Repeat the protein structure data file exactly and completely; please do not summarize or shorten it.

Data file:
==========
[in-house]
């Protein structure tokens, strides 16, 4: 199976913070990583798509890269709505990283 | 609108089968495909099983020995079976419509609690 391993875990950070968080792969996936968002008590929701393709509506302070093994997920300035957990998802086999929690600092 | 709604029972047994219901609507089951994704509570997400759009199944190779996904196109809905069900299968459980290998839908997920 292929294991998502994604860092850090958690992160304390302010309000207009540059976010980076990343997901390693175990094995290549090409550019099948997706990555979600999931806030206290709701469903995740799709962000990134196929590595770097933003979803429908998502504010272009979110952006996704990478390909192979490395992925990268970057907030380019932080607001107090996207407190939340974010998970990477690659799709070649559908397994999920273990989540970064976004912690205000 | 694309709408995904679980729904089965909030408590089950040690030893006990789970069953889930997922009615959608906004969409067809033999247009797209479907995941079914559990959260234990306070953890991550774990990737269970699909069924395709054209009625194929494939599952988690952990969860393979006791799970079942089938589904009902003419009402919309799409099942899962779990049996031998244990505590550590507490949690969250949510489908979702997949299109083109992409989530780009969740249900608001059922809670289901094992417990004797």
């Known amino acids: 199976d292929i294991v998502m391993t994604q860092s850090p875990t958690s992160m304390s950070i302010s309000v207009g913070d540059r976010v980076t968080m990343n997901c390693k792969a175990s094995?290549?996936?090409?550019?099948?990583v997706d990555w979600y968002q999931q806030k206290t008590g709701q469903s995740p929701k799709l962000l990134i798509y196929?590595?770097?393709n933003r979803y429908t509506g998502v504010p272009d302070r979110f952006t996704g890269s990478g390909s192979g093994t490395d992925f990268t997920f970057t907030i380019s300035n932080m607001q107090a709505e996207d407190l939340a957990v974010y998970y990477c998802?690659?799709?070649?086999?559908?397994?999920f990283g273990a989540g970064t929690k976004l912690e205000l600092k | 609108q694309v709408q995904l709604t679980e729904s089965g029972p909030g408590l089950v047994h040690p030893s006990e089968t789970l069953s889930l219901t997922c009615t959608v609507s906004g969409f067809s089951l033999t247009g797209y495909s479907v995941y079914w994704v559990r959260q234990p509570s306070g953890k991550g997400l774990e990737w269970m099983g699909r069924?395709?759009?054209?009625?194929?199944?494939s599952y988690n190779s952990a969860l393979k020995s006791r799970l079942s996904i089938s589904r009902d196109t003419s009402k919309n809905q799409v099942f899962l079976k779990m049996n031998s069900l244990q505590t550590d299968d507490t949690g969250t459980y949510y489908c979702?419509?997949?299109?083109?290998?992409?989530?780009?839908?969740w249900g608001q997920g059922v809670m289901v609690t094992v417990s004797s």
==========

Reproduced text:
[in-house]
């Protein structure tokens, strides 16, 4: 199976913070990583798509890269709505990283 | 609108089968495909099983020995079976419509609690 391993875990950070968080792969996936968002008590929701393709509506302070093994997920300035957990998802086999929690600092 | 709604029972047994219901609507089951994704509570997400759009199944190779996904196109809905069900299968459980290998839908997920 292929294991998502994604860092850090958690992160304390302010309000207009540059976010980076990343997901390693175990094995290549090409550019099948997706990555979600999931806030206290709701469903995740799709962000990134196929590595770097933003979803429908998502504010272009979110952006996704990478390909192979490395992925990268970057907030380019932080607001107090996207407190939340974010998970990477690659799709070649559908397994999920273990989540970064976004912690205000 | 694309709408995904679980729904089965909030408590089950040690030893006990789970069953889930997922009615959608906004969409067809033999247009797209479907995941079914559990959260234990306070953890991550774990990737269970699909069924395709054209009625194929494939599952988690952990969860393979006791799970079942089938589904009902003419009402919309799409099942899962779990049996031998244990505590550590507490949690969250949510489908979702997949299109083109992409989530780009969740249900608001059922809670289901094992417990004797």
């Known amino acids: 199976d292929i294991v998502m391993t994604q860092s850090p875990t958690s992160m304390s950070i302010s309000v207009g913070d540059r976010v980076t968080m990343n997901c390693k792969a175990s094995?290549?996936?090409?550019?099948?990583v997706d990555w979600y968002q999931q806030k206290t008590g709701q469903s995740p929701k799709l962000l990134i798509y196929?590595?770097?393709n933003r979803y429908t509506g998502v504010p272009d302070r979110f952006t996704g890269s990478g390909s192979g093994t490395d992925f990268t997920f970057t907030i380019s300035n932080m607001q107090a709505e996207d407190l939340a957990v974010y998970y990477c998802?690659?799709?070649?086999?559908?397994?999920f990283g273990a989540g970064t929690k976004l912690e205000l600092k | 609108q694309v709408q995904l709604t679980e729904s089965g029972p909030g408590l089950v047994h040690p030893s006990e089968t789970l069953s889930l219901t997922c009615t959608v609507s906004g969409f067809s089951l033999t247009g797209y495909s479907v995941y079914w994704v559990r959260q234990p509570s306070g953890k991550g997400l774990e990737w269970m099983g699909r069924?395709?759009?054209?009625?194929?199944?494939s599952y988690n190779s952990a969860l393979k020995s006791r799970l079942s996904i089938s589904r009902d196109t003419s009402k919309n809905q799409v099942f899962l079976k779990m049996n031998s069900l244990q505590t550590d299968d507490t949690g969250t459980y949510y489908c979702?419509?997949?299109?083109?290998?992409?989530?780009?839908?969740w249900g608001q997920g059922v809670m289901v609690t094992v417990s004797s």